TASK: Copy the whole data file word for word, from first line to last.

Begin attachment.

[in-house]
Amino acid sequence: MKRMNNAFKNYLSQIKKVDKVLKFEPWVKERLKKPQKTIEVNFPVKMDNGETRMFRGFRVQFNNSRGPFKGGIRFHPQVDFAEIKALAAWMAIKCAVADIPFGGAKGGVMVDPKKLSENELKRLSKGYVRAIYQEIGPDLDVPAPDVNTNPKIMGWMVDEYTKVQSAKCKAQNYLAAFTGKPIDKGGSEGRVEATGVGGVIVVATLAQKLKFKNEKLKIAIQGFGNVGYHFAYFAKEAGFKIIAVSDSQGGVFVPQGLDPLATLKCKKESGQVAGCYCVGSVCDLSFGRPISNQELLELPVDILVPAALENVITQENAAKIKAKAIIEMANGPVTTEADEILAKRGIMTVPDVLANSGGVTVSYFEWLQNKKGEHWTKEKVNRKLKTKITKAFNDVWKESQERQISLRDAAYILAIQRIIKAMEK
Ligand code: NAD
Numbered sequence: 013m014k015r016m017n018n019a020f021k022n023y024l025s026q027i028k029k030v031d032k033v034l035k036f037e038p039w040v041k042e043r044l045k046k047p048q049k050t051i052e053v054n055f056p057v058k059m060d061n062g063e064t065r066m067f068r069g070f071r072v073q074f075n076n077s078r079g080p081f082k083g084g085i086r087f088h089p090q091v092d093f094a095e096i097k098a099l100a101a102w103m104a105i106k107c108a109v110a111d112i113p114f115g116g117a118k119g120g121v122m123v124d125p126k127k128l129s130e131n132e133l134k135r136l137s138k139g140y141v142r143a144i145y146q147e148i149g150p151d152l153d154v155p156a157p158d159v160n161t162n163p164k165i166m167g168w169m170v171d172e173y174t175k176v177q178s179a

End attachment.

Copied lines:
[in-house]
Amino acid sequence: MKRMNNAFKNYLSQIKKVDKVLKFEPWVKERLKKPQKTIEVNFPVKMDNGETRMFRGFRVQFNNSRGPFKGGIRFHPQVDFAEIKALAAWMAIKCAVADIPFGGAKGGVMVDPKKLSENELKRLSKGYVRAIYQEIGPDLDVPAPDVNTNPKIMGWMVDEYTKVQSAKCKAQNYLAAFTGKPIDKGGSEGRVEATGVGGVIVVATLAQKLKFKNEKLKIAIQGFGNVGYHFAYFAKEAGFKIIAVSDSQGGVFVPQGLDPLATLKCKKESGQVAGCYCVGSVCDLSFGRPISNQELLELPVDILVPAALENVITQENAAKIKAKAIIEMANGPVTTEADEILAKRGIMTVPDVLANSGGVTVSYFEWLQNKKGEHWTKEKVNRKLKTKITKAFNDVWKESQERQISLRDAAYILAIQRIIKAMEK
Ligand code: NAD
Numbered sequence: 013m014k015r016m017n018n019a020f021k022n023y024l025s026q027i028k029k030v031d032k033v034l035k036f037e038p039w040v041k042e043r044l045k046k047p048q049k050t051i052e053v054n055f056p057v058k059m060d061n062g063e064t065r066m067f068r069g070f071r072v073q074f075n076n077s078r079g080p081f082k083g084g085i086r087f088h089p090q091v092d093f094a095e096i097k098a099l100a101a102w103m104a105i106k107c108a109v110a111d112i113p114f115g116g117a118k119g120g121v122m123v124d125p126k127k128l129s130e131n132e133l134k135r136l137s138k139g140y141v142r143a144i145y146q147e148i149g150p151d152l153d154v155p156a157p158d159v160n161t162n163p164k165i166m167g168w169m170v171d172e173y174t175k176v177q178s179a